Educators look forward to life in emirate’s public schools
Hundreds of new teachers have arrived in Abu Dhabi as part of their first steps in becoming the emirate’s newest public school educators.
The international recruits arrived in the capital in recent days and on Sunday between 400 and 500 of the English medium teachers and administrators gathered at the Park Rotana Hotel for an induction to life in the country.
Following a morning presentation by Abu Dhabi Educationl Council officials, the teachers spent the afternoon completing banking and housing paperwork to get started in their new lives. Adec also invited a number of service providers, such as car rental companies and home furniture vendors, to attend the orientation and offer the teachers services at a discounted price.
“That is what’s great, they basically give you access to everything to set you up,” said Esther Madray, 29, a South African mother of one toddler who arrived Thursday.
“We got car rental, we got furnishing, a bank that’s in here opening our accounts and it just makes life easier because it is difficult to travel out to a new country, you don’t know where you’re going, you don’t know where you are, so the fact that they were able to bring these businesses to us makes it a lot easier.”
Like many workers who leave their homelands to move to the UAE, Ms Madray said she was attracted by the generous salary offered to public school teachers here, the high quality of life and opportunity to experience a new culture.
For many of the teachers who arrived this week, their journey to Abu Dhabi began in February when they applied for jobs through international recruiters. By April, they received written confirmation they were selected to teach starting this September. Earlier this month, they finally received their e-tickets confirming their international relocation. While the process may have felt like a lifetime for some, at least one teacher said it was done in the blink of an eye.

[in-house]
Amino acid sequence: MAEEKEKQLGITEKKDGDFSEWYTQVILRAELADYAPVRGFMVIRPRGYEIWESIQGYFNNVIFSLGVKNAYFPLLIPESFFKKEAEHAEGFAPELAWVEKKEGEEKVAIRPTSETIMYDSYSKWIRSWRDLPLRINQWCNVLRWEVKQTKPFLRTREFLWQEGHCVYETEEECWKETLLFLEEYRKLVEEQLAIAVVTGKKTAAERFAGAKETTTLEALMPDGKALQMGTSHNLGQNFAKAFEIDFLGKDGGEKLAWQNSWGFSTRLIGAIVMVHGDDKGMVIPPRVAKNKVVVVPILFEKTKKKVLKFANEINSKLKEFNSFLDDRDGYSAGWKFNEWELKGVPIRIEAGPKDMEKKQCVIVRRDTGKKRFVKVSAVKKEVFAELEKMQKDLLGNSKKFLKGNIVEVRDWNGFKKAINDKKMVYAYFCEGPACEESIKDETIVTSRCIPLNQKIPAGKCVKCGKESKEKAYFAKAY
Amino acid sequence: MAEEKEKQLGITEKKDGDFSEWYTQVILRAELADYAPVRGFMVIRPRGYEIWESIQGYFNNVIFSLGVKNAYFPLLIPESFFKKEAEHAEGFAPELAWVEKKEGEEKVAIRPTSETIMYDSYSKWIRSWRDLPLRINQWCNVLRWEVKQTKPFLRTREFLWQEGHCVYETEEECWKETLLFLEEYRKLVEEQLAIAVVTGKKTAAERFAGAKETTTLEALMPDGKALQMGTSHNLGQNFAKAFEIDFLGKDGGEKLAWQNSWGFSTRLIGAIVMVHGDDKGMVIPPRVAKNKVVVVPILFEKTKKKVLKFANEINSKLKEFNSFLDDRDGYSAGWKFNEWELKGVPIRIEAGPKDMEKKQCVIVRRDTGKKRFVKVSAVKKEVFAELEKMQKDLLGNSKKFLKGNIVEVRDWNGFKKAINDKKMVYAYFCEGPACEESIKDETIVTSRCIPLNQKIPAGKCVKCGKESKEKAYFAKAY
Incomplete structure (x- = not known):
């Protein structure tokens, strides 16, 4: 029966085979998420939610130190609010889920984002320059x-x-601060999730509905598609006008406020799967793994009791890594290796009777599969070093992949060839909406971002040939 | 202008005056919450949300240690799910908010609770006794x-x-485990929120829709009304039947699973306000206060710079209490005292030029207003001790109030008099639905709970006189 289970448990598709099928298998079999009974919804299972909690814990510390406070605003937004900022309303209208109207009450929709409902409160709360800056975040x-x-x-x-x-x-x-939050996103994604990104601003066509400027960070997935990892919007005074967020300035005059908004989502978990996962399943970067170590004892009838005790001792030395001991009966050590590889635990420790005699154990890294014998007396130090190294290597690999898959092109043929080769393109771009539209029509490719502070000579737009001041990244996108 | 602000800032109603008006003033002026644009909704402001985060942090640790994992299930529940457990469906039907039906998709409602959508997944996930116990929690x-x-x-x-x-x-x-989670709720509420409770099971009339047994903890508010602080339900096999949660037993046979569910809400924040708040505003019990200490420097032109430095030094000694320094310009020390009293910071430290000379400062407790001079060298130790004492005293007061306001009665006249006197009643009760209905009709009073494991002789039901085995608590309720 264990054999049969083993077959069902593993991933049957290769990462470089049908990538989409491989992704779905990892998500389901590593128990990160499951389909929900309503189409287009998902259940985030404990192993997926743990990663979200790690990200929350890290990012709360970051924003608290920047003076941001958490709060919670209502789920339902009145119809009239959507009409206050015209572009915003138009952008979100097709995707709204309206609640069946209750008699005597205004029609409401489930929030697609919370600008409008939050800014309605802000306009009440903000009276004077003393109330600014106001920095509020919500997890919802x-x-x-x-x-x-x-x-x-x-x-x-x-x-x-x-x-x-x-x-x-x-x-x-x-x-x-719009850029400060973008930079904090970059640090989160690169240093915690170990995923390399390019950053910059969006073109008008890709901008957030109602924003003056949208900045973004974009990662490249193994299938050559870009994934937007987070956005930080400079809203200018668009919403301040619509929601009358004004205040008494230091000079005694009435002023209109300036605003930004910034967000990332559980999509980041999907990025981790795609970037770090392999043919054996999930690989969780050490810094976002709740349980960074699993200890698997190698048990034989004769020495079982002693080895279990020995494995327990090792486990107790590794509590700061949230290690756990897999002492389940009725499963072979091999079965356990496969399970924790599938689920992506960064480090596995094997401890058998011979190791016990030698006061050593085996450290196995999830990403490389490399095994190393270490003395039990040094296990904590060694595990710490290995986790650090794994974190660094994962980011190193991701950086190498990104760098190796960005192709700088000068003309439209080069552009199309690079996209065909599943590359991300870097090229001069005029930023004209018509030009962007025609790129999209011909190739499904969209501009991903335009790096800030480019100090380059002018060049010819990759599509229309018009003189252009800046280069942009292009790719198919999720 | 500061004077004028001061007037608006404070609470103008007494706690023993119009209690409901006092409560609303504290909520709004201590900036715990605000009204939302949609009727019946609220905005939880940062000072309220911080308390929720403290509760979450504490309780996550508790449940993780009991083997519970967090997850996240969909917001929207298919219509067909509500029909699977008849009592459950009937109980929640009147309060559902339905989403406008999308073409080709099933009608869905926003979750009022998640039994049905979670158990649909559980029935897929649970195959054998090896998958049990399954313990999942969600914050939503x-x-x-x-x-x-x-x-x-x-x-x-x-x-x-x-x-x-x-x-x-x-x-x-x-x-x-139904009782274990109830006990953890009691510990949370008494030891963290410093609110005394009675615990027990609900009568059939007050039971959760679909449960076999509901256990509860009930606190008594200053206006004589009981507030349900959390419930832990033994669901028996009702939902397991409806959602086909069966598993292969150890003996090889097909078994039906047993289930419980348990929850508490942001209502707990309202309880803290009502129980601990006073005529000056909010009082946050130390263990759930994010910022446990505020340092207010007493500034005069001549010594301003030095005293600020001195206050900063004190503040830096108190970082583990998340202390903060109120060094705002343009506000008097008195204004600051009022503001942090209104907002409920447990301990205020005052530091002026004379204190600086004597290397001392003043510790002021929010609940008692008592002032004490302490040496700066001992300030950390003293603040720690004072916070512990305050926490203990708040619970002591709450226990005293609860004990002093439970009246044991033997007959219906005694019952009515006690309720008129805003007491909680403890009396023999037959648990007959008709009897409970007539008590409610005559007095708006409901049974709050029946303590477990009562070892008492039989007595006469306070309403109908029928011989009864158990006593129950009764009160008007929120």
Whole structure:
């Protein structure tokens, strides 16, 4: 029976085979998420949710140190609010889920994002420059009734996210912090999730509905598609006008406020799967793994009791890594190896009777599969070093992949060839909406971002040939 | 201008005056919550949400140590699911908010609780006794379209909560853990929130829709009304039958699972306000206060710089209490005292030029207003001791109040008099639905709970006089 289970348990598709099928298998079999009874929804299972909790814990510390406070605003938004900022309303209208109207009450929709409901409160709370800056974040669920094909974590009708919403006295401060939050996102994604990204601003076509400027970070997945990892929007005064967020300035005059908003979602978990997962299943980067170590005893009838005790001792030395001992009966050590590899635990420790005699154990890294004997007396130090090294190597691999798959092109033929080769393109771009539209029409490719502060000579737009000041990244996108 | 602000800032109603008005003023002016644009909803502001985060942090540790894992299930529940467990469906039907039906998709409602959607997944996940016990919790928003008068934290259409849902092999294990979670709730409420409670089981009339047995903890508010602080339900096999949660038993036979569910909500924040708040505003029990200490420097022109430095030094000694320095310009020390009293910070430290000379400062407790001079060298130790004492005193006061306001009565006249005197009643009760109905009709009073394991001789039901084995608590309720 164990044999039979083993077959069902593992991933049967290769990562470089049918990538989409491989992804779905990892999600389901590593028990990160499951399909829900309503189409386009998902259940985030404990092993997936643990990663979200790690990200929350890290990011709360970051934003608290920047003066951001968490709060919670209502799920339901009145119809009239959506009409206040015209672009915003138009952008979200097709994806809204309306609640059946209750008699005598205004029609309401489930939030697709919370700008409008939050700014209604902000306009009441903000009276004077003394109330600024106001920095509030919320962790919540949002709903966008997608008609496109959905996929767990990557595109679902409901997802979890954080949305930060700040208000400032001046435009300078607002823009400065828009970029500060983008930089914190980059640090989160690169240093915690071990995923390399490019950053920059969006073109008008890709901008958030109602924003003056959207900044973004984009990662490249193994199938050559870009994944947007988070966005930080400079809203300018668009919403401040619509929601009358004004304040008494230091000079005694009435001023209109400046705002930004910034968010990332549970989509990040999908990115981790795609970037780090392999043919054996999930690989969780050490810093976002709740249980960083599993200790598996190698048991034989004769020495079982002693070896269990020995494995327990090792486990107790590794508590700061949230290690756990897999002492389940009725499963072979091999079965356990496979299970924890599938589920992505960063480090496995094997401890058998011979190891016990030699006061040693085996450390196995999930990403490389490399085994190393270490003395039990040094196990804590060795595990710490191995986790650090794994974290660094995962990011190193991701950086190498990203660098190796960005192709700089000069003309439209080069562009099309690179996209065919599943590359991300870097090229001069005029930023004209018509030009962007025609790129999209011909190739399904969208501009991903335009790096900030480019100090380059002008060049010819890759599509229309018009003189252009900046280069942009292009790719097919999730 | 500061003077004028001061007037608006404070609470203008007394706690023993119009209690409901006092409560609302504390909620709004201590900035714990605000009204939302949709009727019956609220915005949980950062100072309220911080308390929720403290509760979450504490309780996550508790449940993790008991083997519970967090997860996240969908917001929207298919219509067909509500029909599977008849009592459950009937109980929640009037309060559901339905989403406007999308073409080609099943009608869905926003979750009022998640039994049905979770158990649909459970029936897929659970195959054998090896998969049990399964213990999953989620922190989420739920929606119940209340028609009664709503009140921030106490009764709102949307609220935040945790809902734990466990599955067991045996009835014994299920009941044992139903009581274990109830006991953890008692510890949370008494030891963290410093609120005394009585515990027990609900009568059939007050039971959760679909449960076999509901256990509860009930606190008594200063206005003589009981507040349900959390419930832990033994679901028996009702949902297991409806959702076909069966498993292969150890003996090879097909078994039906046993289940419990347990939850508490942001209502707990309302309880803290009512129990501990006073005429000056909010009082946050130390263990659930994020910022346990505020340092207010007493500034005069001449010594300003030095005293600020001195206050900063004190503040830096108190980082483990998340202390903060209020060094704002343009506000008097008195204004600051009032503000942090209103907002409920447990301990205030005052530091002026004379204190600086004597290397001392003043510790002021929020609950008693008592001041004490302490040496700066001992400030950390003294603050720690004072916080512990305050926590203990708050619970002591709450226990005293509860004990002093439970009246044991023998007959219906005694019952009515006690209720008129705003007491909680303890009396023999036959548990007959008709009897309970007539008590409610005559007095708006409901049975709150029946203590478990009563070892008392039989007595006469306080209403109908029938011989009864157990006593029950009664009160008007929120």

“It happened so quickly, I don’t think I had time to think about it,” said Meraaj Sayed, a 54-year-old South African who was encouraged by her husband to apply now that their three children are adults. “We thought it would be nice for us, we could travel the world and see the world. The kids are sorted, now it’s our time.”
All of the teachers and administrators that spoke with The National said this was their first trip to the UAE. For at least one South African principal, the flight he boarded to the capital was the first he had ever taken in his life.
“Everything here looks like they built it yesterday. It’s new, like a new toy,” said Michael, 50, a South African principal. “And compared to where I come from, from Cape Town, South Africa, it’s incredibly safe.”
Michael, who asked his surname not be used, said he gave up his job as a public school principal in South Africa so that he could earn more money.
“I am going to teach here and it’s almost triple what I was getting. I am serious,” he said. “And I suppose it’s an opportunity to see a new part of the world. I have been placed in Al Dhafra, the Western Region and I’m pretty excited about it because I want to get out of the city. I am looking forward to it.”
For South African Vincent Leung, a 28-year-old father of two young children, Abu Dhabi holds the promise of a better life for his young family.
“My main aim is to improve my next generation – it is safer here, there is better education, that is why my wife and I decided to come here,” said Mr Leung, a maths teacher.
For Ms Sayed, the hardest part of the transition was leaving family behind.
“The emotions are there, I saw it on the flight, the ladies were just crying,” said Ms Sayed. “I had to leave a grandson behind, eight months old. It’s hard.”
But she is also looking forward to starting her new life, she said.
“I am somebody who keeps upgrading, I embrace change,” said Ms Sayed, who has taught in her home country for more than 30 years. “We are adaptable as teachers. You can throw us anywhere. We know how to handle the children, and I know the children are going to be different, but that being said, lots of children are the same too. Maybe the culture is a bit different, but hey I’m here to embrace it. It is exhilarating.”
Source: The National